BUZZ joins Jamaica in celebrating the 67th birthday of prolific dub poet Linton Kwasi Johnson (LKJ).
Johnson was born on Sunday, August 24, 1952 in Chapleton, Clarendon and as been an active dub poet since 1978.
After migrating to the United Kingdom in 1963, Johnson lived with his mother in Brixton, where he quickly joined the British Black Panther Movement.
It was here, while at school, that LKJ realised his passion for poetry – after developing a workshop within the movement, with the help of Rasta Love, a group of poets and drummers.
In 2002 he became the second living poet, and the only black poet, to be published in the Penguin Modern Classics series.
Called Mi Revalueshanary Fren: Selected Poems, Penguin Modern Classics republished Johnson’s poetry in 2006.
Most of LKJ’s poetry is political, dealing mainly with the experiences of being an Afro-Caribbean in Britain.
“Writing was a political act and poetry was a cultural weapon…” he told The Guardian in 2008.
Johnson has, however, also written about other issues, such as British foreign policy and the death of anti-racist marcher Blair Peach.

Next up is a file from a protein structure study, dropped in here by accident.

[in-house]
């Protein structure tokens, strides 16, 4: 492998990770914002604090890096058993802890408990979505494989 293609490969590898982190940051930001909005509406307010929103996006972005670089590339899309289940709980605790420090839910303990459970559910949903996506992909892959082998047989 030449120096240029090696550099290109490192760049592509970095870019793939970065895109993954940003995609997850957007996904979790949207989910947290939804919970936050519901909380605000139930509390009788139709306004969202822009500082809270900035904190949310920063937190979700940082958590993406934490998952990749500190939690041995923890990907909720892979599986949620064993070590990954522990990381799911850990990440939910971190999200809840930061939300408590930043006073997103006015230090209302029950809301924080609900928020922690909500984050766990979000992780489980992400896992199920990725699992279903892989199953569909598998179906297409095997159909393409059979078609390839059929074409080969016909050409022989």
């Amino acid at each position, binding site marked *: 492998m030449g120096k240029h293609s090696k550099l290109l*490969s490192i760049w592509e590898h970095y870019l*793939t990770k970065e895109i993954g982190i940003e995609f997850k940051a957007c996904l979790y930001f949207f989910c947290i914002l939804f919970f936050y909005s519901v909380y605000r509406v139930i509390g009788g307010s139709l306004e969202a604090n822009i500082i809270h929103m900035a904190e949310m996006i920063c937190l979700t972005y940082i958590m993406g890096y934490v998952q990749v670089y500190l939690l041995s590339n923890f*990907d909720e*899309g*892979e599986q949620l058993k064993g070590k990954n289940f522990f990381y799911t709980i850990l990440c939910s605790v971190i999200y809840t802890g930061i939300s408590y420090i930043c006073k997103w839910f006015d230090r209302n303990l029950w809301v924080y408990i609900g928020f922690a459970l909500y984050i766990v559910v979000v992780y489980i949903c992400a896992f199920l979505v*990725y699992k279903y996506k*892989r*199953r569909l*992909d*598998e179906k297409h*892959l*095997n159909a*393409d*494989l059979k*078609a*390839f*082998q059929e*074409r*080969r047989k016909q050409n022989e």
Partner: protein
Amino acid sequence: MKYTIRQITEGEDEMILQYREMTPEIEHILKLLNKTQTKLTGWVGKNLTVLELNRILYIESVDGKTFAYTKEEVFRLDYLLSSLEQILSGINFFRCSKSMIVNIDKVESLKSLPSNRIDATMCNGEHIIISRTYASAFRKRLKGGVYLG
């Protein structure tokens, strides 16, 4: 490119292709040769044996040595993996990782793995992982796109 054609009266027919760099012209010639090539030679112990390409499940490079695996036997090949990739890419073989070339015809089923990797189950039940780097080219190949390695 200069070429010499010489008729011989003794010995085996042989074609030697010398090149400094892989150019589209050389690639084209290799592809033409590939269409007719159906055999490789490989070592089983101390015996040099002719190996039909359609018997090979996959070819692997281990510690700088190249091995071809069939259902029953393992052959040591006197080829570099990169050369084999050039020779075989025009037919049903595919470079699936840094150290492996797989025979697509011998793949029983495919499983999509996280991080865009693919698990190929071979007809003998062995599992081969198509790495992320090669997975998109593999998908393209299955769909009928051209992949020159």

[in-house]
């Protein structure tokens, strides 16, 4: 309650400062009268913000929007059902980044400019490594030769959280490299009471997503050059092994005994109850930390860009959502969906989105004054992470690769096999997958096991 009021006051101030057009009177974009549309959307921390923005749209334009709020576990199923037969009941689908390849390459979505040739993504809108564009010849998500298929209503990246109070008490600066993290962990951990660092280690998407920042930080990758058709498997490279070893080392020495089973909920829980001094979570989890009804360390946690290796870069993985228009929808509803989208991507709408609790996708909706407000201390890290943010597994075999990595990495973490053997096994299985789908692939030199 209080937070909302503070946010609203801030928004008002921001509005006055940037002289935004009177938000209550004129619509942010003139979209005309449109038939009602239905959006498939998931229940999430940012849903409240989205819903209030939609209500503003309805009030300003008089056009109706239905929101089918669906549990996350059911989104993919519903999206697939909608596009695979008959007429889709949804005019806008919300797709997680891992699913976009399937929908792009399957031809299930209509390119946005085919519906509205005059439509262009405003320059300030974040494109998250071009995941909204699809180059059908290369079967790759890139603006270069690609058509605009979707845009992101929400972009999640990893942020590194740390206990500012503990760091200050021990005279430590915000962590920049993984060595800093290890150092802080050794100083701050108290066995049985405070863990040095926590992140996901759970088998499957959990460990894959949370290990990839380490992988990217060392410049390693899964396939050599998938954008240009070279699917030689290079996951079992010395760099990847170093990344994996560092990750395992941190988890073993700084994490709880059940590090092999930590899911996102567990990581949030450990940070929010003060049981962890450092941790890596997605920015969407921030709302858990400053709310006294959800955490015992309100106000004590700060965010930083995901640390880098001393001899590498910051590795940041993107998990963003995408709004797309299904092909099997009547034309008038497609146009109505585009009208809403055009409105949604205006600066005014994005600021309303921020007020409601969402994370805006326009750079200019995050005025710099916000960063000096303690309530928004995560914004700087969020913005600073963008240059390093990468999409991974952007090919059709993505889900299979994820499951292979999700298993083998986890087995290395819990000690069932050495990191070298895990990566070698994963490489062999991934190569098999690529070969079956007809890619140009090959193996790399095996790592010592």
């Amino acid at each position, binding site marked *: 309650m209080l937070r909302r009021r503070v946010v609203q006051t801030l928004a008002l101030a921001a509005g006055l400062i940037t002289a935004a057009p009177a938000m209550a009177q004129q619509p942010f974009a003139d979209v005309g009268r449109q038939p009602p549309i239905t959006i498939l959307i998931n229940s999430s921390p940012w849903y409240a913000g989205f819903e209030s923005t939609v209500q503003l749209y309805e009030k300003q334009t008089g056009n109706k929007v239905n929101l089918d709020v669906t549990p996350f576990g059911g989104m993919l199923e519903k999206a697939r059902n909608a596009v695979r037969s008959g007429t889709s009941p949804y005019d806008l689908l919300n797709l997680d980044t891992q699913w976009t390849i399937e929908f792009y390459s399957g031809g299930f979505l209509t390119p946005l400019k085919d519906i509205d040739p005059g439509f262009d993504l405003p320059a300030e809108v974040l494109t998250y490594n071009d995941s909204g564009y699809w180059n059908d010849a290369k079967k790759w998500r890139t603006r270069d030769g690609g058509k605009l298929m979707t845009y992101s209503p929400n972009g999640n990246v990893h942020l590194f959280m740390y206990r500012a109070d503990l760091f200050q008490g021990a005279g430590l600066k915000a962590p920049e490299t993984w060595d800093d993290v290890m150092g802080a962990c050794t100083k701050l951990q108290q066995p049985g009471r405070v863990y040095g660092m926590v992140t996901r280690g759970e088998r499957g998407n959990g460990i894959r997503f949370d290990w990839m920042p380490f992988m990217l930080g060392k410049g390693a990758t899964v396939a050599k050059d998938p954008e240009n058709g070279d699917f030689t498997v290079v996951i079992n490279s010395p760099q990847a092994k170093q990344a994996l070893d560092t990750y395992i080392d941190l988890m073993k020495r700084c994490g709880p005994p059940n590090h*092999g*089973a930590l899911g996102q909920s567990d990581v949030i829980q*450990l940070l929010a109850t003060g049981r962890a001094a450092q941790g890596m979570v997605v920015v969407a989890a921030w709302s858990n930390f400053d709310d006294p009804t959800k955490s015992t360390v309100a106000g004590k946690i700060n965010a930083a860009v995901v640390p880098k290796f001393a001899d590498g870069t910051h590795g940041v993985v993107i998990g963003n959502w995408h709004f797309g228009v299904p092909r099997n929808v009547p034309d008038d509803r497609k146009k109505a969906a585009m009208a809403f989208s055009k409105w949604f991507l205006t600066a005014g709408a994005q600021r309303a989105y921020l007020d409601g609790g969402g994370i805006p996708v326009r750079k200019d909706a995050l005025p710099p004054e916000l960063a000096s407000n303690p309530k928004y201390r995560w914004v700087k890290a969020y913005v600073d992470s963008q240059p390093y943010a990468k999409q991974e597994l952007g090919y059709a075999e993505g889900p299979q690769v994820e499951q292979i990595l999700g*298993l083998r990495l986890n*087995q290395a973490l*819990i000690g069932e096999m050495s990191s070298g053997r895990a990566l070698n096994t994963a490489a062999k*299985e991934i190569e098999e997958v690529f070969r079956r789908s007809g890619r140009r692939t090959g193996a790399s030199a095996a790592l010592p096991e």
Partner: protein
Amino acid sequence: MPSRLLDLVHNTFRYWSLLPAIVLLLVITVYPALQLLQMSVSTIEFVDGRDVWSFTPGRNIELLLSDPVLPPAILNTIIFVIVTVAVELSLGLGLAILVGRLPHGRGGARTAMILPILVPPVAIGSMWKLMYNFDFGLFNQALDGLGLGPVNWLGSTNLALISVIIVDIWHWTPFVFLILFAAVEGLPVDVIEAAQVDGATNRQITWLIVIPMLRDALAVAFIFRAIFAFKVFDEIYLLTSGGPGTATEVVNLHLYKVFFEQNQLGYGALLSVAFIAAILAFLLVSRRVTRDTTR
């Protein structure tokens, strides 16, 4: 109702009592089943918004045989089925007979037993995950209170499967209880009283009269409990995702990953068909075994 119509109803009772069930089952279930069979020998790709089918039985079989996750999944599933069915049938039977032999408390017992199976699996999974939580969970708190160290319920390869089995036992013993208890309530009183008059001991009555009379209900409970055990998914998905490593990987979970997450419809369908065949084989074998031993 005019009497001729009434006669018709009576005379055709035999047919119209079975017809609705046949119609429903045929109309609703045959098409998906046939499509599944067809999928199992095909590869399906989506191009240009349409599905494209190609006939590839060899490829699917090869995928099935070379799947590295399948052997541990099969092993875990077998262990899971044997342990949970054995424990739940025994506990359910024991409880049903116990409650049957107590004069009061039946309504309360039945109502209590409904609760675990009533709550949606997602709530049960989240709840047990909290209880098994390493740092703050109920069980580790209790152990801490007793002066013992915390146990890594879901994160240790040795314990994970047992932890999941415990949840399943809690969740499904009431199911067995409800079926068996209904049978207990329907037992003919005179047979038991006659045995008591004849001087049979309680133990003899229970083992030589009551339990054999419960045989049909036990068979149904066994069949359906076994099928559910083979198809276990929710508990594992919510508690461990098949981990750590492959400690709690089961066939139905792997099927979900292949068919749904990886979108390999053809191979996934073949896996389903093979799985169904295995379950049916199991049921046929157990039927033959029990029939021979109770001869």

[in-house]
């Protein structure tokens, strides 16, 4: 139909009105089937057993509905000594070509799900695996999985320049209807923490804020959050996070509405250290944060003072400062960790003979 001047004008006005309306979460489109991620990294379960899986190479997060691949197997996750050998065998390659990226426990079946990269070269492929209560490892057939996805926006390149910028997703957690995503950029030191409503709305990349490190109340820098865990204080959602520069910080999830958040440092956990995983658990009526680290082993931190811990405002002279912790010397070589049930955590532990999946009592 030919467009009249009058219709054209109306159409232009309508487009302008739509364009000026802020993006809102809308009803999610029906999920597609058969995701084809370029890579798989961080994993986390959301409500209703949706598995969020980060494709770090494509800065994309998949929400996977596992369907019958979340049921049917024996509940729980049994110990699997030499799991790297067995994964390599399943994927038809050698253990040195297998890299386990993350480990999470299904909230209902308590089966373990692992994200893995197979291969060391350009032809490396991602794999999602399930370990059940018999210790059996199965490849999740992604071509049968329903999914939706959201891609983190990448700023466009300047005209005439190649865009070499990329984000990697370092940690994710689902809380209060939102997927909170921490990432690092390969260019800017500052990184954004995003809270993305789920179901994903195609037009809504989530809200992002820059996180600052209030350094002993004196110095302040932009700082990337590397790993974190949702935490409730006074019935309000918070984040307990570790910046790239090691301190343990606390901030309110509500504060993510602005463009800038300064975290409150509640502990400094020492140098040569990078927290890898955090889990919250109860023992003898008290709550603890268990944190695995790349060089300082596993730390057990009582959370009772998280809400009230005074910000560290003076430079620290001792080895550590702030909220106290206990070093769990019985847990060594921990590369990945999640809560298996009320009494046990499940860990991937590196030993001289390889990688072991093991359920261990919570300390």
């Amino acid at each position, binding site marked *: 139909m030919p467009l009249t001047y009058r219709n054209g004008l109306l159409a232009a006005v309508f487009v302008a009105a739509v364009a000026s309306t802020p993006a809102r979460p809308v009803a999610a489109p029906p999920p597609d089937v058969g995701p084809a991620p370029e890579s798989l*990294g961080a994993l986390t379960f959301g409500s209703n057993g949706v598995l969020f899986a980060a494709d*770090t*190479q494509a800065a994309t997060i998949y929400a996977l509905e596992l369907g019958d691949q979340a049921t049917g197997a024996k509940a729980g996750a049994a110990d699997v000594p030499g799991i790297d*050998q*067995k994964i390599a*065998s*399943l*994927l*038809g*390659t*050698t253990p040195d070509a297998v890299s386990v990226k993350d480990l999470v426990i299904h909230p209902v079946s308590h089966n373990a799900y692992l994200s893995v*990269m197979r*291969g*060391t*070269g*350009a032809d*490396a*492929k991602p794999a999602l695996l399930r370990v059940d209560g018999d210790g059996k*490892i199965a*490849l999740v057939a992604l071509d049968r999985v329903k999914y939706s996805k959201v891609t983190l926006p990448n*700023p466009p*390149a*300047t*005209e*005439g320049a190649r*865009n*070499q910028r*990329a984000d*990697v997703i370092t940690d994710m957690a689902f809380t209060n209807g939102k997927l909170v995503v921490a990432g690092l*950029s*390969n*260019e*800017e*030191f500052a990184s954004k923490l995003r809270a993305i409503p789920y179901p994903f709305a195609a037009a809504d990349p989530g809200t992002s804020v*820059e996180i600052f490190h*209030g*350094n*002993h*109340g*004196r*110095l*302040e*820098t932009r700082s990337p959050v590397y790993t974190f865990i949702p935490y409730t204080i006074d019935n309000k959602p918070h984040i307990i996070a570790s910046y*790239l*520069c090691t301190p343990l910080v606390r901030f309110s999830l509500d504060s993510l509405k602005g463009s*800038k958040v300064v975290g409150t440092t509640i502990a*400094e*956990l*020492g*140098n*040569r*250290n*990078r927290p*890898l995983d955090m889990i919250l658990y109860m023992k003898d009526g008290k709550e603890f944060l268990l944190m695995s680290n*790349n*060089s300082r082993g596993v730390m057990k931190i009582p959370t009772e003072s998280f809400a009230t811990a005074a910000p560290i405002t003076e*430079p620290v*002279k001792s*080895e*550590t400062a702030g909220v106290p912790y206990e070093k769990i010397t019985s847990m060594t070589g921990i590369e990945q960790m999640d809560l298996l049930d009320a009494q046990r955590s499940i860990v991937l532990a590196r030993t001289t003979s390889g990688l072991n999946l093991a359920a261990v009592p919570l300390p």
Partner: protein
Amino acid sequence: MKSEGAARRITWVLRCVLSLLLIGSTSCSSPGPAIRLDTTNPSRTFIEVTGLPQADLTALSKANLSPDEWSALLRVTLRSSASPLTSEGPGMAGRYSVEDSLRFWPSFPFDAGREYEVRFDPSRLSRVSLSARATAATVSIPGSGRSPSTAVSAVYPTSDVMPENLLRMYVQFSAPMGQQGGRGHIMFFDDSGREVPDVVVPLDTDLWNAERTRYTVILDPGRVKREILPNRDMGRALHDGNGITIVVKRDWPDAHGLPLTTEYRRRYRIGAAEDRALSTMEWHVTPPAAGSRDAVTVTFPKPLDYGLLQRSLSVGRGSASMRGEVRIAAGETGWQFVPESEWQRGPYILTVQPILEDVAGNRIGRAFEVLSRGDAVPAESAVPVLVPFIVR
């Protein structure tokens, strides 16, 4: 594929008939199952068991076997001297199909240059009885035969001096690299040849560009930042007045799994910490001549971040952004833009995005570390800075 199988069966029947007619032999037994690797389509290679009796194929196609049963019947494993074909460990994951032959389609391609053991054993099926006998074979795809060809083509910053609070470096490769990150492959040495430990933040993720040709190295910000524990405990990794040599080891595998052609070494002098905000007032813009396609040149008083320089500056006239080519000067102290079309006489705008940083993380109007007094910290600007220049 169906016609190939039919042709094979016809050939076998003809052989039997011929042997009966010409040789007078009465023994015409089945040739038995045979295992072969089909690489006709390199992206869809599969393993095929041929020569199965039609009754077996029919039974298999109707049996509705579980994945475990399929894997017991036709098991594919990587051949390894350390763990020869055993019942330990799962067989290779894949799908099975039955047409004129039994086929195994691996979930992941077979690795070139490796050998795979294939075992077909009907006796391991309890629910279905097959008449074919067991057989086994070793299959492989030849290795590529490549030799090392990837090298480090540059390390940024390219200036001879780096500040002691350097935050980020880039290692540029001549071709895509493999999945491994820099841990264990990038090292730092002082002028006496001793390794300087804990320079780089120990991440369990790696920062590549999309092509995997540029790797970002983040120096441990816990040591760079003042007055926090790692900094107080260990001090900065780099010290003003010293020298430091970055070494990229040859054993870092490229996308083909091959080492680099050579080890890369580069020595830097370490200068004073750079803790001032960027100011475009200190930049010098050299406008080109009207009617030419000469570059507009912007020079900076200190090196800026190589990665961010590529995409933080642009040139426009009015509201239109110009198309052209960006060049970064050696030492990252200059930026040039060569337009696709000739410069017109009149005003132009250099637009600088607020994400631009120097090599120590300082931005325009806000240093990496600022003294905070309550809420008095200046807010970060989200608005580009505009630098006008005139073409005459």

His most celebrated poems were written during the government of Prime Minister Margaret Thatcher.
LKJ’s performance poetry involves the narration of his own verses in Jamaican Patois over dub-Reggae, something very unheard of at the time since the accent was considered ‘foreign and exotic’ to British ears.
Johnson’s work is not without accolades, as in 2005, he was awarded a silver Musgrave Medal from the Institute of Jamaica for distinguished eminence in the field of poetry.
In 2012, he was awarded the Golden PEN Award by English PEN for “a Lifetime’s Distinguished Service to Literature”.
Johnson was awarded Jamaica’s sixth highest honour, the Order of Distinction, in 2014.
Happy birthday, LKJ!